July 25th, 2011
Don’t have Twitter or Facebook? Send us a blank email at firstname.lastname@example.org with the subject “Send Twitter to Email” and we’ll send you our Twitters as they occur. Our Twitter posting include short loss prevention tips and links to interesting articles and resources on line. There seldom will be more than 2 twitters a day. You can unsubscribe directly from the email if you get tired of receiving the emails. You can see what our Twitter feed looks like at http://twitter.com/legalmal.
Have Google Account or Facebook (you don’t have to like us) and want our Twitters for the past day in your email? Login to twilert.com, put in “legalmal” for the search term and enter the time of day you want the email.
Would you like an email once a week with a malpractice prevention tip? Florida Lawyers Mutual Insurance Company (a company like TLIE in Florida) sends out a tip weekly. To join their list, contact Nancy Stuparich (email@example.com). Archived tips are available online at http://www.flmic.com/risk-management-tips.
June 27th, 2011
A malpractice case recently filed in California, J-M Manufacturing v. McDermott, Will & Emery, alleges that a law firm committed two wrongs in e-discovery. First, the firm, using outside contractors, allegedly missed 3700 documents that should have been withheld in discovery. The exact nature of the mistake that caused the failure to claim privilege is not clear. The cause may have been an improper word search conducted on the 250,000 documents maintained by 160 custodians, or that attorneys contracted to review the documents for privileged materials made mistakes. The law firm spot checked the work done by the contract attorneys. For more information on the possible nature of the error, see this article. It is not clear from the initial filings whether the damages alleged are due to an unfavorable outcome in the case, or from disclosure of information to other parties that would not have otherwise been disclosed.
The second claim is that the law firm marked up the price of the outside contractor services to the client. Some of those services may have been for contract lawyers, and some for technical vendors. A recent Texas ethics opinion, Opinion 577, concludes that lawyers may mark up the amount paid to a “firm lawyer,” but not to a “non-firm lawyer” unless the client consents. What constitutes “non-firm lawyer” is not completely clear from the opinion, though “contract lawyers” are listed as being possible firm lawyers, depending on a number of factors including work location. ABA Opinion 08-451 suggests that if a firm provides no infrastructure support for outside lawyers, then no mark up of outside attorney charges is permitted without client consent. Mark up of expenses above actual cost is not permitted unless the client consents in any event. A secondary issue suggested by the Texas ethics opinion is that clients should have notice of which non-firm lawyers will be working on their matters. It is possible that the client in J-M Manufacturing will seek a return of all legal fees based on a breach of fiduciary duty as well as the marked up amount on improperly marked up legal fees and expenses.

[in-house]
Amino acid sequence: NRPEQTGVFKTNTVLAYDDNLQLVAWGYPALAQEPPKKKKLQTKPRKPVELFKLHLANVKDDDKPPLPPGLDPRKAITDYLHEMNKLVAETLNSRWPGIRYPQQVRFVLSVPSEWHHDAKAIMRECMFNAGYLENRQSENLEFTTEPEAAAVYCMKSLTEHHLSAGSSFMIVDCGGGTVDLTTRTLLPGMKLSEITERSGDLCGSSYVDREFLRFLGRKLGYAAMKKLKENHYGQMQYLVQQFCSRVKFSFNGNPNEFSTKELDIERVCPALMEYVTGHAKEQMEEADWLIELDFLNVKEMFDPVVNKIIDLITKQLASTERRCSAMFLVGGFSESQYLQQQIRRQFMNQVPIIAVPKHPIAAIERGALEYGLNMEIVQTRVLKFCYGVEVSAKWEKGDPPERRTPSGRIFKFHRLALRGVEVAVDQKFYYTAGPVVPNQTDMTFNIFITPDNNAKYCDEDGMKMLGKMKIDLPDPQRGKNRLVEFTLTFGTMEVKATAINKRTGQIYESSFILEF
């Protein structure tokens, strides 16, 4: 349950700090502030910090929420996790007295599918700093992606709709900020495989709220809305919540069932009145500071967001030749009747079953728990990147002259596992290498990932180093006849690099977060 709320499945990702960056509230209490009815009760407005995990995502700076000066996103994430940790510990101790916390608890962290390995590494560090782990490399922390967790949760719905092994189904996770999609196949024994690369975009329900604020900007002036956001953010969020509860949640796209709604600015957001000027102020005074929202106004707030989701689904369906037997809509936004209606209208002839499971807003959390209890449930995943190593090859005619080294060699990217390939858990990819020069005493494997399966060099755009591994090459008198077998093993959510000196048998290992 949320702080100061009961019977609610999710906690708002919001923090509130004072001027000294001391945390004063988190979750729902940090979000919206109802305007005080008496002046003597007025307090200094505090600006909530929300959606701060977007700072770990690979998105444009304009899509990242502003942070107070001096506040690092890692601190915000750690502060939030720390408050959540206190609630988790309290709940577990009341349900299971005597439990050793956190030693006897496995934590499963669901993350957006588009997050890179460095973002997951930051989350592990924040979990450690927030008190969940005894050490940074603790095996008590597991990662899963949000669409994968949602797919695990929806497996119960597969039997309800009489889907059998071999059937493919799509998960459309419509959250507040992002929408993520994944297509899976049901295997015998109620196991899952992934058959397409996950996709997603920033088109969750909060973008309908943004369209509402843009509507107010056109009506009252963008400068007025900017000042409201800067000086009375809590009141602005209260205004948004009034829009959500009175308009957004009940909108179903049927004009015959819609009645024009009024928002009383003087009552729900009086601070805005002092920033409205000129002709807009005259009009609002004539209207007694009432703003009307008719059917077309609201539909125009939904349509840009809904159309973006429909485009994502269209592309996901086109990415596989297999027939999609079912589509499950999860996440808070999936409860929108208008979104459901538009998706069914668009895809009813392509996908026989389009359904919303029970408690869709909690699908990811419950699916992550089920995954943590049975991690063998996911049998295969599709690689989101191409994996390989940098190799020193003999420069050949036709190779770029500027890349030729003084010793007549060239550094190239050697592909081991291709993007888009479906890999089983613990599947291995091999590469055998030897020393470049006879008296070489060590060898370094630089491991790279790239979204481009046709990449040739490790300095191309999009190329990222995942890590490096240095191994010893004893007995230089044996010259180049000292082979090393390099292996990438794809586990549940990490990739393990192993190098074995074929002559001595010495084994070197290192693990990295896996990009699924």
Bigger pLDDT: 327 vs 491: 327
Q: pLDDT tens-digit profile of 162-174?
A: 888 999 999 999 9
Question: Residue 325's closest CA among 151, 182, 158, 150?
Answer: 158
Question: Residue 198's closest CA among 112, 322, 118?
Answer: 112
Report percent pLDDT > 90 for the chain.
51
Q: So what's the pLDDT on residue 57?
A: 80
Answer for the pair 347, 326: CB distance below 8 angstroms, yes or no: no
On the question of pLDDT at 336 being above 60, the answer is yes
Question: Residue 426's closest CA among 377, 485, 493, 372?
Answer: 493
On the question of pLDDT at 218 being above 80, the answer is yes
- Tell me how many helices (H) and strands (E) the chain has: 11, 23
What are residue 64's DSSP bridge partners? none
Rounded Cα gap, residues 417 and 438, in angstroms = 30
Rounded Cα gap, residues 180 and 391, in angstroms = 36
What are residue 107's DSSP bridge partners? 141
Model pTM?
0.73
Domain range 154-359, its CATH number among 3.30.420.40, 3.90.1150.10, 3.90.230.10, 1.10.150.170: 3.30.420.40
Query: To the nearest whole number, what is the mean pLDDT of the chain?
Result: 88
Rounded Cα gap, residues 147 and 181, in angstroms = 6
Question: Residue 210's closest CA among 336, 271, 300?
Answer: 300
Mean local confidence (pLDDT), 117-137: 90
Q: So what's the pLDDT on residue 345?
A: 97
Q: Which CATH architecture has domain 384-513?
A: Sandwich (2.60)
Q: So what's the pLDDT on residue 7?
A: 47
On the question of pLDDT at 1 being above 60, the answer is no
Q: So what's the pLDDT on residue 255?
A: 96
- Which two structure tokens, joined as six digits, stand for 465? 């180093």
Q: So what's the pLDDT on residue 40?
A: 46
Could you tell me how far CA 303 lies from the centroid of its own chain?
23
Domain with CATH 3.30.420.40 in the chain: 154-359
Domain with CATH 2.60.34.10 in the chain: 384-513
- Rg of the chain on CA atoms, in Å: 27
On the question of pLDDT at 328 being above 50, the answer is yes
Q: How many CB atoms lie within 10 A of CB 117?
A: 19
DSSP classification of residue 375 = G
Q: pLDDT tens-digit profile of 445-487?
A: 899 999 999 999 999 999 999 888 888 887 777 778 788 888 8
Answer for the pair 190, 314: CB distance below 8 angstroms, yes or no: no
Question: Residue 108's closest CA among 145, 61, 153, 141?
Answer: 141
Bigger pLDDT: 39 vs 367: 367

June 22nd, 2011
The U.S. Supreme Court in Janus Capitol v. First Derivative Traders, in a 5-4, decision has ruled that advisers to securities issuers are not liable for statements made specifically by the issuers under Rule 10b-5, but rather only for their own direct statements. The majority opinion suggests that advisers, such as lawyers, are like speechwriters: the responsibility under 10b-5 lies with the entity making the statement, not the preparer of the statement. The opinion seems to close a possible hole in the Stoneridge case that was left for intentional misstatements authored by advisers.
While this may limit liability for lawyers under federal statutes, state law causes of action may still be available for investors or the client. For lawyers, the client may make a legal malpractice claim based on faulty advice that certain statements were or were not necessary. In pari delicto defenses, arguments that the client acted with intent to violate the law, may help insulate lawyers in some of these cases.